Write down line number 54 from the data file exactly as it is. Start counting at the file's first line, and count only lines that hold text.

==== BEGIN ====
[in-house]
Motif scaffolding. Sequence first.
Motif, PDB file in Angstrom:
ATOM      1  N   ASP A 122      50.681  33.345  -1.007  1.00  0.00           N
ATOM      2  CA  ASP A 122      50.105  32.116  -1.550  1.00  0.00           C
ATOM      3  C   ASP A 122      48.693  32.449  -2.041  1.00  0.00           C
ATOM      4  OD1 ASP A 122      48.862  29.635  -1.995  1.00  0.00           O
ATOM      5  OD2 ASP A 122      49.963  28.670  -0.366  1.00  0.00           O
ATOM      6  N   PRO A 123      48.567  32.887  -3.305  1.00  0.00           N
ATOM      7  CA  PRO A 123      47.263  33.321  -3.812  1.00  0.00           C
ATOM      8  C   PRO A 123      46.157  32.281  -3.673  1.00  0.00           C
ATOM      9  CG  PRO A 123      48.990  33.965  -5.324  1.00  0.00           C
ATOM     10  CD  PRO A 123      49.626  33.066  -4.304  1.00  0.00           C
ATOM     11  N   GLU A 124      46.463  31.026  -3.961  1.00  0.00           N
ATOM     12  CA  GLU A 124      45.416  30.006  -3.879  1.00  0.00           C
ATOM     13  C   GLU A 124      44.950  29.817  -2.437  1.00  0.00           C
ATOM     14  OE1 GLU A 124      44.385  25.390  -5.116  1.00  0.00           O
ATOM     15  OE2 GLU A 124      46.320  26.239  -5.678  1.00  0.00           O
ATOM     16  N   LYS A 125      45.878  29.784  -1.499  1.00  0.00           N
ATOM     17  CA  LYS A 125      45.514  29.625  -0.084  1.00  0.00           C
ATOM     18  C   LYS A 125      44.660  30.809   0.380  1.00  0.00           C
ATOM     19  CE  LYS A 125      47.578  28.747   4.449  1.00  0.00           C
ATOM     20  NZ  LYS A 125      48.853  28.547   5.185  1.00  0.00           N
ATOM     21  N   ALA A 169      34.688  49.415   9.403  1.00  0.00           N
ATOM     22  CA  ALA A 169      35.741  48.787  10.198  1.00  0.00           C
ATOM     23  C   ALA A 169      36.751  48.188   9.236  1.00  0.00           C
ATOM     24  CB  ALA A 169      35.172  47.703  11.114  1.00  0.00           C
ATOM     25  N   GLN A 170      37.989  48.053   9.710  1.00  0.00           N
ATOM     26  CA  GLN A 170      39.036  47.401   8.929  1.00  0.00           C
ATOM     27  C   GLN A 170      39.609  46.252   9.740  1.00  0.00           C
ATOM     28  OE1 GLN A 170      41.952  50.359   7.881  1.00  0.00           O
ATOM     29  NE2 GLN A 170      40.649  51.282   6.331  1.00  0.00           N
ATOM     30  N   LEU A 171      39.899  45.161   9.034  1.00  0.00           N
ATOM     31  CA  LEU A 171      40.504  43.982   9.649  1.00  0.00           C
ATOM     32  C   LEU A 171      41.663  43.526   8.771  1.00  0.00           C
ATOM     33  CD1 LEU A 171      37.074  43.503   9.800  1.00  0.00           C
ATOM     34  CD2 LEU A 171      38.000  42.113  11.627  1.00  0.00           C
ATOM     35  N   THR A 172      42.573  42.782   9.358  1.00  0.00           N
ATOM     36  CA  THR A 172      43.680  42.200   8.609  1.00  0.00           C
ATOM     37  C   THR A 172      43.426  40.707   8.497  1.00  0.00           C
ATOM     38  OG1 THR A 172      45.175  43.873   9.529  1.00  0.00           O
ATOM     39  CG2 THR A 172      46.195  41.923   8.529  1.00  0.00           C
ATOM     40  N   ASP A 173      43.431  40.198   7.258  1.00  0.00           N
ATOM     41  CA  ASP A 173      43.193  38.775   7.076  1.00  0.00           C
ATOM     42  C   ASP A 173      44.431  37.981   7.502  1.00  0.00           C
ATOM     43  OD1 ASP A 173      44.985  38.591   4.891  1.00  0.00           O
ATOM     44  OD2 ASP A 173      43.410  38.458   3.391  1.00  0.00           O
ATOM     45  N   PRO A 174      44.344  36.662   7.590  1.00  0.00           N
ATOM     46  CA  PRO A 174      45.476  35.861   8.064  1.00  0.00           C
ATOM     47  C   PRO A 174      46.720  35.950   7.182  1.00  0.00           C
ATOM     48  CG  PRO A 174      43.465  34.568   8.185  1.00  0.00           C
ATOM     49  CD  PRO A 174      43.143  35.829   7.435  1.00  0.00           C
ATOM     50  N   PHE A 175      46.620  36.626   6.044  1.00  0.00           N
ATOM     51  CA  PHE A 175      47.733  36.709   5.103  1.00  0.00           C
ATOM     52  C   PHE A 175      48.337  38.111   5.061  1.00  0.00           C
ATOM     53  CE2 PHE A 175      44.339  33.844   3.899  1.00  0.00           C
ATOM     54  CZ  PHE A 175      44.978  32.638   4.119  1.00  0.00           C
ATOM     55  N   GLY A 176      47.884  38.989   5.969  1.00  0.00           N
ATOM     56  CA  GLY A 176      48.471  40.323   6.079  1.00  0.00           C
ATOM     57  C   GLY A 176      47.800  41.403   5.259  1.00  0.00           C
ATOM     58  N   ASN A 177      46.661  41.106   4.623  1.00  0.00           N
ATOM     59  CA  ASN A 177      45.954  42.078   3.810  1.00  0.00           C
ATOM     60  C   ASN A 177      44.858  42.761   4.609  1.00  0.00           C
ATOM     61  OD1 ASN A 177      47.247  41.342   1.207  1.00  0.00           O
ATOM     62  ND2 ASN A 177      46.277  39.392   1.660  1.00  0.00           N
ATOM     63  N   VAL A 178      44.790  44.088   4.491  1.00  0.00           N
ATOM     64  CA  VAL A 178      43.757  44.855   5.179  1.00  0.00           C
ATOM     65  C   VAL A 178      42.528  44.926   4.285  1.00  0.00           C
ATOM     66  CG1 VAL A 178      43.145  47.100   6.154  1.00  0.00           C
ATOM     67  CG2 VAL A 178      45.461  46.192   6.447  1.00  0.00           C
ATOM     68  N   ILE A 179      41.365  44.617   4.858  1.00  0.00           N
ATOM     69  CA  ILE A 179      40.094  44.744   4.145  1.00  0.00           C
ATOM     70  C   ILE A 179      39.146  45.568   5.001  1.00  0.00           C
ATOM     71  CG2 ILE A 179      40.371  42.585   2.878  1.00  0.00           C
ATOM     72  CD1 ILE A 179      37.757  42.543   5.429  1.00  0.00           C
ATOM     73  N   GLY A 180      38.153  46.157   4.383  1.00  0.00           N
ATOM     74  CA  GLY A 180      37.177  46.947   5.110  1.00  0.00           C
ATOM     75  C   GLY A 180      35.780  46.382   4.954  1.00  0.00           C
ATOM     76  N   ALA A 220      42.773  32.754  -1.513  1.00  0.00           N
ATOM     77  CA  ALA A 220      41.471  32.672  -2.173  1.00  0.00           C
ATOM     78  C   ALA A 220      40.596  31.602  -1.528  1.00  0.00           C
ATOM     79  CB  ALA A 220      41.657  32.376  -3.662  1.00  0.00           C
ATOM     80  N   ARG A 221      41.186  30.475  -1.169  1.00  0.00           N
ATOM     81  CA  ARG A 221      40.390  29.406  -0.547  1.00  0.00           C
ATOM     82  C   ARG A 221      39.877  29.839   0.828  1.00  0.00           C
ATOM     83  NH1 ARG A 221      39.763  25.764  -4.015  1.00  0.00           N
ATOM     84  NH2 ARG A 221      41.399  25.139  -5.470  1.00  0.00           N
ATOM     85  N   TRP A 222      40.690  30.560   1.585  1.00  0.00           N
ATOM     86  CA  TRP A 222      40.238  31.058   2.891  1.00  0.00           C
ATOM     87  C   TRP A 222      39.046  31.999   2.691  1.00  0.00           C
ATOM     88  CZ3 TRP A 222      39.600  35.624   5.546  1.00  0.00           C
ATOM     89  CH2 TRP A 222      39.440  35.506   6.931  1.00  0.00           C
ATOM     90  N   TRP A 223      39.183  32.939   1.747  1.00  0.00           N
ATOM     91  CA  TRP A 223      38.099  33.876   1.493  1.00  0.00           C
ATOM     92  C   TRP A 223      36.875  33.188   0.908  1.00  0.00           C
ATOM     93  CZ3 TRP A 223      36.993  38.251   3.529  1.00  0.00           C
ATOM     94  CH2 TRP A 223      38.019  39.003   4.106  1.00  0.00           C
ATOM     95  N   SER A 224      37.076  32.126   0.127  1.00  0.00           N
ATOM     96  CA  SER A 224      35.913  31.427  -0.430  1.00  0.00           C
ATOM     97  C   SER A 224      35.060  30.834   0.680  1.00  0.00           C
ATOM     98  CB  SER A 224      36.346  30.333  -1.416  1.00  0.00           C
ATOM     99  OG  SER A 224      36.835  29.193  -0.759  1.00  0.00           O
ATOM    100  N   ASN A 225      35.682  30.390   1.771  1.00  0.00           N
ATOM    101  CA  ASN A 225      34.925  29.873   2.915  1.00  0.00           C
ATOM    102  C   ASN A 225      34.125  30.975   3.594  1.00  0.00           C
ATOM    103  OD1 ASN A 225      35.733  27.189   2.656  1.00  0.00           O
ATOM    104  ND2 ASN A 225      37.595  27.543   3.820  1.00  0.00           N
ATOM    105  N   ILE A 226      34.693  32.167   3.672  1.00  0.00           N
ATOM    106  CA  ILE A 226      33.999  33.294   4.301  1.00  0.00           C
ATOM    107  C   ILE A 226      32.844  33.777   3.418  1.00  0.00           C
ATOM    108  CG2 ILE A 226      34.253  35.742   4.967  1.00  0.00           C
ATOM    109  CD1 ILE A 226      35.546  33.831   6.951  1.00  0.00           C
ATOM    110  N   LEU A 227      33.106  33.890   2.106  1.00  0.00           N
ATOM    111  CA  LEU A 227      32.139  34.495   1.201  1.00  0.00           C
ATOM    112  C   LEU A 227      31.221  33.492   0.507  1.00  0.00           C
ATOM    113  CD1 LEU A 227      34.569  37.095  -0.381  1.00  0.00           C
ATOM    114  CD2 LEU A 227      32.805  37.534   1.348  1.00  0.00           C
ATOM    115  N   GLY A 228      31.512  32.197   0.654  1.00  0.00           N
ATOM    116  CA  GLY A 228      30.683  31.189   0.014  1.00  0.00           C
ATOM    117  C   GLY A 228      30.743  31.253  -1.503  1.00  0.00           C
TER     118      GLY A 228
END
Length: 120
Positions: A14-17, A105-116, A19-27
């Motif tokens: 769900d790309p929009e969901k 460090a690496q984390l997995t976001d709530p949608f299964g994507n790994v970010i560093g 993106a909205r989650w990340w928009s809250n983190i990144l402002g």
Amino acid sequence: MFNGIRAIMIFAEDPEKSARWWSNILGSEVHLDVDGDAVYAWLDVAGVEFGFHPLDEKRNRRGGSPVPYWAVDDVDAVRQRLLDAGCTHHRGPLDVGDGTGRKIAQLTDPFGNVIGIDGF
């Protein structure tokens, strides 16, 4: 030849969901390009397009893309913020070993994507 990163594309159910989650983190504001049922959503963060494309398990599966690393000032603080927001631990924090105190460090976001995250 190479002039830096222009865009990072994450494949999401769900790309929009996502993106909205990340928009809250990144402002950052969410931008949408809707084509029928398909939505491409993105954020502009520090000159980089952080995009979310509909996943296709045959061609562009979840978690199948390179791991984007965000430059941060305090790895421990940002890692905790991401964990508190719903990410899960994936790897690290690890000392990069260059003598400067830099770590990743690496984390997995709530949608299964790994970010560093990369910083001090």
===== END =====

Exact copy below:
ATOM     51  CA  PHE A 175      47.733  36.709   5.103  1.00  0.00           C